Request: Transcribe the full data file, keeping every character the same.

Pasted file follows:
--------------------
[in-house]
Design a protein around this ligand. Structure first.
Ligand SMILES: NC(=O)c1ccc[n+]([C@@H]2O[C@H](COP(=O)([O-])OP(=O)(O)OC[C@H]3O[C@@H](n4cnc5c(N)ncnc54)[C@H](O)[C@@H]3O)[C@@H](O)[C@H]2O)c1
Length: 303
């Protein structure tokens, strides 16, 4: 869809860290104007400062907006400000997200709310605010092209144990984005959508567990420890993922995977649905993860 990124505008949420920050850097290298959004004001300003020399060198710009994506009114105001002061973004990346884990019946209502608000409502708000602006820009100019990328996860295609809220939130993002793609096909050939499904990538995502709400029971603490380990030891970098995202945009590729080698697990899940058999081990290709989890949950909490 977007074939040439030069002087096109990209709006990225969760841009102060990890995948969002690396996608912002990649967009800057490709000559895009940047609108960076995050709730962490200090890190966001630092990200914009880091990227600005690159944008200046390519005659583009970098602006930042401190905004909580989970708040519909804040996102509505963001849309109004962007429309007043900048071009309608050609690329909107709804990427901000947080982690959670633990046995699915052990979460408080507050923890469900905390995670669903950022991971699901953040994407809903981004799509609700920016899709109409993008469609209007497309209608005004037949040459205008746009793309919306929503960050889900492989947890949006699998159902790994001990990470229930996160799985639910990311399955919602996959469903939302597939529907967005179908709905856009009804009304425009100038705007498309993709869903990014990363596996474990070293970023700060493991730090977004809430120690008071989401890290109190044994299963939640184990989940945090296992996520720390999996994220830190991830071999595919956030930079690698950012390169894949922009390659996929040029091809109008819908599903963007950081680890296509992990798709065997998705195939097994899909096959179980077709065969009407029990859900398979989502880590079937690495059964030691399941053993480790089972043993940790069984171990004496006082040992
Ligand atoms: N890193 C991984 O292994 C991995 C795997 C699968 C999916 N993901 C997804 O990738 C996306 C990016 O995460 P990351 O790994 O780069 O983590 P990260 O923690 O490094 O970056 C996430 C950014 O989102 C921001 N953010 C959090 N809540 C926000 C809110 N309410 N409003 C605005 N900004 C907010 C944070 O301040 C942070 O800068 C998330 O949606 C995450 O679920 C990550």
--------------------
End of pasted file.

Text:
[in-house]
Design a protein around this ligand. Structure first.
Ligand SMILES: NC(=O)c1ccc[n+]([C@@H]2O[C@H](COP(=O)([O-])OP(=O)(O)OC[C@H]3O[C@@H](n4cnc5c(N)ncnc54)[C@H](O)[C@@H]3O)[C@@H](O)[C@H]2O)c1
Length: 303
């Protein structure tokens, strides 16, 4: 869809860290104007400062907006400000997200709310605010092209144990984005959508567990420890993922995977649905993860 990124505008949420920050850097290298959004004001300003020399060198710009994506009114105001002061973004990346884990019946209502608000409502708000602006820009100019990328996860295609809220939130993002793609096909050939499904990538995502709400029971603490380990030891970098995202945009590729080698697990899940058999081990290709989890949950909490 977007074939040439030069002087096109990209709006990225969760841009102060990890995948969002690396996608912002990649967009800057490709000559895009940047609108960076995050709730962490200090890190966001630092990200914009880091990227600005690159944008200046390519005659583009970098602006930042401190905004909580989970708040519909804040996102509505963001849309109004962007429309007043900048071009309608050609690329909107709804990427901000947080982690959670633990046995699915052990979460408080507050923890469900905390995670669903950022991971699901953040994407809903981004799509609700920016899709109409993008469609209007497309209608005004037949040459205008746009793309919306929503960050889900492989947890949006699998159902790994001990990470229930996160799985639910990311399955919602996959469903939302597939529907967005179908709905856009009804009304425009100038705007498309993709869903990014990363596996474990070293970023700060493991730090977004809430120690008071989401890290109190044994299963939640184990989940945090296992996520720390999996994220830190991830071999595919956030930079690698950012390169894949922009390659996929040029091809109008819908599903963007950081680890296509992990798709065997998705195939097994899909096959179980077709065969009407029990859900398979989502880590079937690495059964030691399941053993480790089972043993940790069984171990004496006082040992
Ligand atoms: N890193 C991984 O292994 C991995 C795997 C699968 C999916 N993901 C997804 O990738 C996306 C990016 O995460 P990351 O790994 O780069 O983590 P990260 O923690 O490094 O970056 C996430 C950014 O989102 C921001 N953010 C959090 N809540 C926000 C809110 N309410 N409003 C605005 N900004 C907010 C944070 O301040 C942070 O800068 C998330 O949606 C995450 O679920 C990550």